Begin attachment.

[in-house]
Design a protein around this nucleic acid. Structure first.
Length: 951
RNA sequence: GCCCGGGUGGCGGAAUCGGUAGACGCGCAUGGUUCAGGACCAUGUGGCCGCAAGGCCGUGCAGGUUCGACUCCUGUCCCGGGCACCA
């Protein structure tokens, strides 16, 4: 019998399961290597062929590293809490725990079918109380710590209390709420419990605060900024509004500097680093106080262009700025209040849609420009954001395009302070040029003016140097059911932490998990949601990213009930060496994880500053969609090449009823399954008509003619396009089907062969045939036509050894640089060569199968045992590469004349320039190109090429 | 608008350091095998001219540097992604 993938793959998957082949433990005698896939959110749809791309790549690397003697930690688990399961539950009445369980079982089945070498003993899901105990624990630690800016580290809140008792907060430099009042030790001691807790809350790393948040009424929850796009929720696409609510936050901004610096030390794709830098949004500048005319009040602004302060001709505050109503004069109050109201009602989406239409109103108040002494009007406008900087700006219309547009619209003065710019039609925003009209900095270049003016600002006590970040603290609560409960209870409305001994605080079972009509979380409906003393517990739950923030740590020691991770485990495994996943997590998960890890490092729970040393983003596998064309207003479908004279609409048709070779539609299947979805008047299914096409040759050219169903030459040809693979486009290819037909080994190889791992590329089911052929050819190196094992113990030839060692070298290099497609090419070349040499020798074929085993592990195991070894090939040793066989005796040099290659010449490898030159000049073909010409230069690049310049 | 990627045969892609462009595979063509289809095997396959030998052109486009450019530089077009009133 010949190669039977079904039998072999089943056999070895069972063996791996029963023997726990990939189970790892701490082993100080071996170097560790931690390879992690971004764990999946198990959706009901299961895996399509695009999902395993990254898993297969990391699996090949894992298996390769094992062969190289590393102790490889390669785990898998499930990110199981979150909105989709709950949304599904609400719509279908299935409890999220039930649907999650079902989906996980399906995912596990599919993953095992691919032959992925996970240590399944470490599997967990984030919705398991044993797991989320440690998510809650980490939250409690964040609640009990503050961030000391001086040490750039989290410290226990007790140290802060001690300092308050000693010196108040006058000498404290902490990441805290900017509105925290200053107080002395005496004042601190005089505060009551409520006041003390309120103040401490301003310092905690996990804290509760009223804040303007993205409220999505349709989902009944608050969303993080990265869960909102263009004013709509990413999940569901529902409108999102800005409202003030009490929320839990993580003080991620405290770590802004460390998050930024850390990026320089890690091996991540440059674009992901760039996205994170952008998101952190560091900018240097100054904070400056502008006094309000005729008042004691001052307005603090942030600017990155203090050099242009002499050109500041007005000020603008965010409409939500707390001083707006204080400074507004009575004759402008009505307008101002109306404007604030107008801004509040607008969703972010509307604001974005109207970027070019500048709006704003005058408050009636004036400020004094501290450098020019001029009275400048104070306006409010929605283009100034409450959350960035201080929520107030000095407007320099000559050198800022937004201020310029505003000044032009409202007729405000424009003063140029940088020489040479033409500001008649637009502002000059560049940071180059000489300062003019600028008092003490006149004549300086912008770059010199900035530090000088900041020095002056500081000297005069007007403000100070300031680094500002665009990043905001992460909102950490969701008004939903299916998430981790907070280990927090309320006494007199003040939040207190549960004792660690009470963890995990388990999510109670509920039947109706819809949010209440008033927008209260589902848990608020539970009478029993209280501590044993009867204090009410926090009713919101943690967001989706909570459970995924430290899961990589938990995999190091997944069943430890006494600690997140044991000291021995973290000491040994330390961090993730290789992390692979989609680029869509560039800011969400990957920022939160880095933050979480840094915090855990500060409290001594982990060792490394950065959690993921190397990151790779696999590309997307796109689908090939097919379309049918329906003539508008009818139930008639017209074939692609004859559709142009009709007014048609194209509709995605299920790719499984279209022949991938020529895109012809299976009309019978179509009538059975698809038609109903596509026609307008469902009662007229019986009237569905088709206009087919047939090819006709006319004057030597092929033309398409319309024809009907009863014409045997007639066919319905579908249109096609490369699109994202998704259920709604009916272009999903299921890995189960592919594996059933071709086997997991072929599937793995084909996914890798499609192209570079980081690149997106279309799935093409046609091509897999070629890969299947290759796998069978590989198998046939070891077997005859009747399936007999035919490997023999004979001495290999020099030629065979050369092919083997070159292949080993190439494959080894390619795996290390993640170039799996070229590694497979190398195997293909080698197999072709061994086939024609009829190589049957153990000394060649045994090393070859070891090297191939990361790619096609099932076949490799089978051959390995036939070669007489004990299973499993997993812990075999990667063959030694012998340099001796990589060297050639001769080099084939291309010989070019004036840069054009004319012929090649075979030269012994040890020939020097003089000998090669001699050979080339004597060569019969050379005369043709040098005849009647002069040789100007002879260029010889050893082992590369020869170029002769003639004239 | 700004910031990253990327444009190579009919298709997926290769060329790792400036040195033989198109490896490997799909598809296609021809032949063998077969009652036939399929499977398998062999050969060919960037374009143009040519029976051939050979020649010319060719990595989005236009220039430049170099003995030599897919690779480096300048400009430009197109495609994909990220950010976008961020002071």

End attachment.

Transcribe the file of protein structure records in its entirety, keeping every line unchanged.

[in-house]
Design a protein around this nucleic acid. Structure first.
Length: 951
RNA sequence: GCCCGGGUGGCGGAAUCGGUAGACGCGCAUGGUUCAGGACCAUGUGGCCGCAAGGCCGUGCAGGUUCGACUCCUGUCCCGGGCACCA
């Protein structure tokens, strides 16, 4: 019998399961290597062929590293809490725990079918109380710590209390709420419990605060900024509004500097680093106080262009700025209040849609420009954001395009302070040029003016140097059911932490998990949601990213009930060496994880500053969609090449009823399954008509003619396009089907062969045939036509050894640089060569199968045992590469004349320039190109090429 | 608008350091095998001219540097992604 993938793959998957082949433990005698896939959110749809791309790549690397003697930690688990399961539950009445369980079982089945070498003993899901105990624990630690800016580290809140008792907060430099009042030790001691807790809350790393948040009424929850796009929720696409609510936050901004610096030390794709830098949004500048005319009040602004302060001709505050109503004069109050109201009602989406239409109103108040002494009007406008900087700006219309547009619209003065710019039609925003009209900095270049003016600002006590970040603290609560409960209870409305001994605080079972009509979380409906003393517990739950923030740590020691991770485990495994996943997590998960890890490092729970040393983003596998064309207003479908004279609409048709070779539609299947979805008047299914096409040759050219169903030459040809693979486009290819037909080994190889791992590329089911052929050819190196094992113990030839060692070298290099497609090419070349040499020798074929085993592990195991070894090939040793066989005796040099290659010449490898030159000049073909010409230069690049310049 | 990627045969892609462009595979063509289809095997396959030998052109486009450019530089077009009133 010949190669039977079904039998072999089943056999070895069972063996791996029963023997726990990939189970790892701490082993100080071996170097560790931690390879992690971004764990999946198990959706009901299961895996399509695009999902395993990254898993297969990391699996090949894992298996390769094992062969190289590393102790490889390669785990898998499930990110199981979150909105989709709950949304599904609400719509279908299935409890999220039930649907999650079902989906996980399906995912596990599919993953095992691919032959992925996970240590399944470490599997967990984030919705398991044993797991989320440690998510809650980490939250409690964040609640009990503050961030000391001086040490750039989290410290226990007790140290802060001690300092308050000693010196108040006058000498404290902490990441805290900017509105925290200053107080002395005496004042601190005089505060009551409520006041003390309120103040401490301003310092905690996990804290509760009223804040303007993205409220999505349709989902009944608050969303993080990265869960909102263009004013709509990413999940569901529902409108999102800005409202003030009490929320839990993580003080991620405290770590802004460390998050930024850390990026320089890690091996991540440059674009992901760039996205994170952008998101952190560091900018240097100054904070400056502008006094309000005729008042004691001052307005603090942030600017990155203090050099242009002499050109500041007005000020603008965010409409939500707390001083707006204080400074507004009575004759402008009505307008101002109306404007604030107008801004509040607008969703972010509307604001974005109207970027070019500048709006704003005058408050009636004036400020004094501290450098020019001029009275400048104070306006409010929605283009100034409450959350960035201080929520107030000095407007320099000559050198800022937004201020310029505003000044032009409202007729405000424009003063140029940088020489040479033409500001008649637009502002000059560049940071180059000489300062003019600028008092003490006149004549300086912008770059010199900035530090000088900041020095002056500081000297005069007007403000100070300031680094500002665009990043905001992460909102950490969701008004939903299916998430981790907070280990927090309320006494007199003040939040207190549960004792660690009470963890995990388990999510109670509920039947109706819809949010209440008033927008209260589902848990608020539970009478029993209280501590044993009867204090009410926090009713919101943690967001989706909570459970995924430290899961990589938990995999190091997944069943430890006494600690997140044991000291021995973290000491040994330390961090993730290789992390692979989609680029869509560039800011969400990957920022939160880095933050979480840094915090855990500060409290001594982990060792490394950065959690993921190397990151790779696999590309997307796109689908090939097919379309049918329906003539508008009818139930008639017209074939692609004859559709142009009709007014048609194209509709995605299920790719499984279209022949991938020529895109012809299976009309019978179509009538059975698809038609109903596509026609307008469902009662007229019986009237569905088709206009087919047939090819006709006319004057030597092929033309398409319309024809009907009863014409045997007639066919319905579908249109096609490369699109994202998704259920709604009916272009999903299921890995189960592919594996059933071709086997997991072929599937793995084909996914890798499609192209570079980081690149997106279309799935093409046609091509897999070629890969299947290759796998069978590989198998046939070891077997005859009747399936007999035919490997023999004979001495290999020099030629065979050369092919083997070159292949080993190439494959080894390619795996290390993640170039799996070229590694497979190398195997293909080698197999072709061994086939024609009829190589049957153990000394060649045994090393070859070891090297191939990361790619096609099932076949490799089978051959390995036939070669007489004990299973499993997993812990075999990667063959030694012998340099001796990589060297050639001769080099084939291309010989070019004036840069054009004319012929090649075979030269012994040890020939020097003089000998090669001699050979080339004597060569019969050379005369043709040098005849009647002069040789100007002879260029010889050893082992590369020869170029002769003639004239 | 700004910031990253990327444009190579009919298709997926290769060329790792400036040195033989198109490896490997799909598809296609021809032949063998077969009652036939399929499977398998062999050969060919960037374009143009040519029976051939050979020649010319060719990595989005236009220039430049170099003995030599897919690779480096300048400009430009197109495609994909990220950010976008961020002071």